Pence was acquired from the Phillies for minor league pitcher Seth Rosin, catcher Tommy Joseph, and veteran big league outfielder Nate Schierholtz. The Giants are set at catcher, so Joseph was expendable. Pence had a .671 OPS in 59 games with the Giants, but it was his stirring, wild-eyed speech before game 3 of the NLDS against the Reds that was widely credited by teammates as waking them up to make their comeback. His teammates were either inspired or frightened by Pence’s intensity, but whatever it was, it worked.

Marco Scutaro, 2B

Scutaro was almost steamrolled by Matt Holliday of the Cardinals in the NLCS, but he came back from that and batted .500 in that series, winning the MVP. Then he had the game-winning hit in game 4 of the World Series.

Scutaro was acquired from the Rockies in late July for infielder Charlie Culberson.

Manager Bochy was run out of his longtime home as a manager, coach and player with the Padres when the front office wanted someone cheaper and more agreeable to the new age statistics and doing what he was told. Then-Padres team president Sandy Alderson allowed Bochy to interview for the Giants’ job—a division rival no less—and made utterly absurd statements of his policy being to allow his employees to seek other opportunities blah, blah, blah.

The Padres didn’t want Bochy back because Bochy didn’t do what he was told by the stat guys in the front office. In exchange, they got a far inferior manager Bud Black, and the Giants now have two championships and the hardware (and parades) to say there are different methods to use to win. Sometimes those methods work better without the fictionalized accounts in print and on film.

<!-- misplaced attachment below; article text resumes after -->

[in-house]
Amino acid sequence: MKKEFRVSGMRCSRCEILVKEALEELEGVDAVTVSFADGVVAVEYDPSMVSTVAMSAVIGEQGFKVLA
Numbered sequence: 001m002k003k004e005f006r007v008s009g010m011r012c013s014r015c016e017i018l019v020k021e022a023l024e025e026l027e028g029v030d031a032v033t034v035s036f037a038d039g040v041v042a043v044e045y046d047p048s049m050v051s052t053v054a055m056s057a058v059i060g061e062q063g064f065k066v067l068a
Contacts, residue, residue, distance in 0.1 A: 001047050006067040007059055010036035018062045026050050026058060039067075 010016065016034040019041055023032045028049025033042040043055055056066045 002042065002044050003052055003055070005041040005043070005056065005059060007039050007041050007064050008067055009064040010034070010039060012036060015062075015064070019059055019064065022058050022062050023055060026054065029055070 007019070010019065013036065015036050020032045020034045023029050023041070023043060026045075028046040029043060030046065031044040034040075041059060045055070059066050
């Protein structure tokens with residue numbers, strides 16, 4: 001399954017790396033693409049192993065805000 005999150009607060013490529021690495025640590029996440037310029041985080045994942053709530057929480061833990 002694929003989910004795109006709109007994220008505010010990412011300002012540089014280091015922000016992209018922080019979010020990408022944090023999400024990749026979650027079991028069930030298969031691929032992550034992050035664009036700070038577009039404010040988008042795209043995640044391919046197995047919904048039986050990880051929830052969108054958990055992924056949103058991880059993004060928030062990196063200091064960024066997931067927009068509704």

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Tebow vs Sanchez is a Media/Fan Creation

College Football, Draft, Fantasy/Roto, Football, History, Management, Media, NFL, Paul Lebowitz's 2012 Baseball Guide, Players, Playoffs, Politics, Stats

It’s no secret that Tim Tebow the person is a franchise that wouldn’t exist if his personal story wasn’t as unique and interesting as it is; if he weren’t the salable force for conservative values with an overt Christianity and deeply held beliefs that, as far as we know, are sincere. Because he’s had crackling moments such as the touchdown he threw to win the Broncos’ Wild Card playoff game last season and orchestrated “winning” moments late in games again-and-again, his quarterbacking skills legitimize an attempt to make him a starting player and not a project that would take years to develop and undo what it was that made him a success. His current mechanics and abilities do not translate to the NFL. As he stands right now, he’s not viable in the NFL running what amounts to the wishbone and resisting all efforts to turn him into a slash player who functions in multiple roles—occasionally at quarterback—and is a weapon that has to be planned for.